Five-year-old Brooklyn takes a deep breath and lets the instructor dip her under the water as she takes the first steps toward learning to swim at one of Charleston's public pools.
For the first time in recent memory, the first sessions of summer swimming lessons at the city's downtown pools are full, and pool-side parents said a recent spate of drownings is one reason why.
In the past month at least five residents in the tri-county area have drowned in local pools and ponds. Three of them were 7 or younger.
"We're all aware of the drownings around the Lowcountry," said Octavia Gathers, who enrolled three of her children in lessons that started this week at Martin Luther King Jr. pool.
"I figure, the more they know, the safer they will be," she said. "I had to make it happen."
The recent drownings, and the deaths Feb. 18 of three Sandy Island residents whose boat capsized on the Waccamaw River, also focused attention on studies that have found that black children are far less likely to know how to swim than children of other races.
At the MLK pool, Renee White, Brooklyn's mother, also said the recent drowning deaths reinforced her desire to get lessons for her children. Her 1-year-old daughter and 3-year-old son will start lessons later this month.
"I learned to swim at an early age," White said. "I don't want my kids to be fearful of the water."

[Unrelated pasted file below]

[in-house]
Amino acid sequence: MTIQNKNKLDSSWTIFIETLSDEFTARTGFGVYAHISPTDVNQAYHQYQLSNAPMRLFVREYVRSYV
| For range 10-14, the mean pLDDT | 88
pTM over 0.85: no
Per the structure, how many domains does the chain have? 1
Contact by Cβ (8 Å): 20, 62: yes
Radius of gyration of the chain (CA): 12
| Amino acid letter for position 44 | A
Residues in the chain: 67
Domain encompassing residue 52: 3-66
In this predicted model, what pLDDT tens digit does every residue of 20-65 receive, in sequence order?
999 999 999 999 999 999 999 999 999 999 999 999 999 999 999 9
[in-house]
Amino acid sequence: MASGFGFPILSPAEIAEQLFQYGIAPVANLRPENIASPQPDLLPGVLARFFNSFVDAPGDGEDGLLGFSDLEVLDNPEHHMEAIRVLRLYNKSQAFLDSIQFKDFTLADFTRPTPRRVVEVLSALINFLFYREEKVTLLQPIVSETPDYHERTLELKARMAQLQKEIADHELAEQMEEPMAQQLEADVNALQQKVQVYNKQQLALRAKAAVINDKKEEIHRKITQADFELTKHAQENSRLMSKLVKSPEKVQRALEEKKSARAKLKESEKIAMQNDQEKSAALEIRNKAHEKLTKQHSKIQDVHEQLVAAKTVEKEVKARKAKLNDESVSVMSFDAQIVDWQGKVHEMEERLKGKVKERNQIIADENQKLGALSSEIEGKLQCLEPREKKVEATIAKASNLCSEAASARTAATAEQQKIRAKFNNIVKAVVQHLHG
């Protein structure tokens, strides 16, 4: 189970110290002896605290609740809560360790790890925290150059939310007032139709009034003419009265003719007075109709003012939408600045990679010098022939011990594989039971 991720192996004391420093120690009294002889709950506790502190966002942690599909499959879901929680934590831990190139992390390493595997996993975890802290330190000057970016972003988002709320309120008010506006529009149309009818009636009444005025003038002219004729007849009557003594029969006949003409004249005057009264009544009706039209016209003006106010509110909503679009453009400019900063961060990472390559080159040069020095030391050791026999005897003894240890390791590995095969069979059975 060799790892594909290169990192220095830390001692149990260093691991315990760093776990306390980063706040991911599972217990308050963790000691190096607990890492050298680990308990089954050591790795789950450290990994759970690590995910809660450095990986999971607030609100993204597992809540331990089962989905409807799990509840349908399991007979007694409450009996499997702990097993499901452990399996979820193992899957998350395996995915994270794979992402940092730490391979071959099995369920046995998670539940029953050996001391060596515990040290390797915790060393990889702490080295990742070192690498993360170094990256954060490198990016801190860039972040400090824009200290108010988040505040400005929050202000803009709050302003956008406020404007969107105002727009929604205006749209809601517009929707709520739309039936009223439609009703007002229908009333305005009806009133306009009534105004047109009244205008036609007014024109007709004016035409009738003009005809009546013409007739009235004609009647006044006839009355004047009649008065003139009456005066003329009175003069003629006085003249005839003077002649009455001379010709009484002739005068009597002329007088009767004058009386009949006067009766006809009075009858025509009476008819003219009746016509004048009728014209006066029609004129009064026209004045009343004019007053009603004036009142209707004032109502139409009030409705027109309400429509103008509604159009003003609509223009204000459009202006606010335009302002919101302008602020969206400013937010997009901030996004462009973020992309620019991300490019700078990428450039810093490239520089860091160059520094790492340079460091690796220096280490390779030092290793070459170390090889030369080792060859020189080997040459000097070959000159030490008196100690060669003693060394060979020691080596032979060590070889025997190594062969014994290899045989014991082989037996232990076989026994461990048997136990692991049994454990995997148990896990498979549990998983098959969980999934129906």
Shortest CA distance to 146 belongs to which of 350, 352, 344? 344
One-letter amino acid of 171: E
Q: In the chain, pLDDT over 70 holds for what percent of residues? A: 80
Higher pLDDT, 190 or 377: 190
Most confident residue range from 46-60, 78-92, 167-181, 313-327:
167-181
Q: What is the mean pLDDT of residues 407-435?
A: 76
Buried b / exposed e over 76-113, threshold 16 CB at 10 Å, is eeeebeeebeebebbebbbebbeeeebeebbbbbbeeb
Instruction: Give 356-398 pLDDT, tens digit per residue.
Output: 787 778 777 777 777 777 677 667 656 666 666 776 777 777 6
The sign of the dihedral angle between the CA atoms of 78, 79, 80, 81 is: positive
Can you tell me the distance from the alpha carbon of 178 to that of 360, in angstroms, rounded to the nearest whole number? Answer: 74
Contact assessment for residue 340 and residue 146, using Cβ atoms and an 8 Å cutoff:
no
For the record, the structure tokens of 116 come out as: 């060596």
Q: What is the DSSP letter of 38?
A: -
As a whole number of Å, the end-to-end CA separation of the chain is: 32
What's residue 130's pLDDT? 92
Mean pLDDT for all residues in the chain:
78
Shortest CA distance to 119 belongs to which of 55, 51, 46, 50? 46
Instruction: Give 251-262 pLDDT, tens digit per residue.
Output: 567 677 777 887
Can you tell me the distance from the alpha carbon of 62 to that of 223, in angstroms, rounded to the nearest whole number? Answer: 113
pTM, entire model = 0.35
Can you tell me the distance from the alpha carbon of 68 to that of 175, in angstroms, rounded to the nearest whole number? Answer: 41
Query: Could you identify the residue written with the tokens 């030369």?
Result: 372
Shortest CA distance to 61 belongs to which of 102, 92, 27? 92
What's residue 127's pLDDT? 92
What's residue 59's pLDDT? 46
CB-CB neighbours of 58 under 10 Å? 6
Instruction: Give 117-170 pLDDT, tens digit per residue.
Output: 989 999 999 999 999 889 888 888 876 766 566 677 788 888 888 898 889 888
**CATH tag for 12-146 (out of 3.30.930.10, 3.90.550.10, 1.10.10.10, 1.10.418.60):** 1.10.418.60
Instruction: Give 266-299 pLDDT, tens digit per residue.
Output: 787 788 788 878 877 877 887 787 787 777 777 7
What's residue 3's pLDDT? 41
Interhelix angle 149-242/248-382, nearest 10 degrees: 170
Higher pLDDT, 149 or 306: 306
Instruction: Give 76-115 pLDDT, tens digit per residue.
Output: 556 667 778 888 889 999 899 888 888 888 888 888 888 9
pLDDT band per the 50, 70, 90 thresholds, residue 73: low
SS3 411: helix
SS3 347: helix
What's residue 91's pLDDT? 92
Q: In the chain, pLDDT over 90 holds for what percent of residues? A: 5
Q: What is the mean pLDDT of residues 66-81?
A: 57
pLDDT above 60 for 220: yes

Children can take two weeks of American Red Cross swimming lessons at one of Charleston's public pools for $20 (or $30 for non-city residents).
Classes at the West Ashley and James Island pools fill up every year, but that was not true at the MLK and Herbert Hasell pools downtown until this summer.
"Before, we've had to cancel classes, and we've had classes with one or two kids," said Laurie Yarborough, director of the Charleston Recreation Department. "This summer we have really been blown away by the numbers."
Charleston has nearly 900 children in swimming classes, with about two-thirds of them coming from summer camps, including those run by the city, and the rest taking regular lessons. Registration for the third and fourth sessions of classes, starting July 13 and July 27, will begin July 6 at the city pools.
The city also offers free "drown-proofing" classes two days a week for children living near the downtown pools, which are located near large public housing projects. Also, the YWCA of Greater Charleston launched a swimming lesson program for disadvantaged youth called "swim for life" that is taught at the MLK pool, and serves 20 children.
"We have all this water around, and lots of kids who don't know how to swim, and that doesn't make sense," said Kathleen Rodgers, YWCA executive director. "Obviously there's been a lot of talk in the community."
In North Charleston, Libby Poole runs the city's swimming program, and said between 300 and 400 children are enrolled in the 27 classes offered daily at the two city pools. Registration for the city's second session of lessons begins June 29.
"You hear the parents on the (pool) deck talking about all the drownings going on," Poole said. "It opens their minds up to what can happen."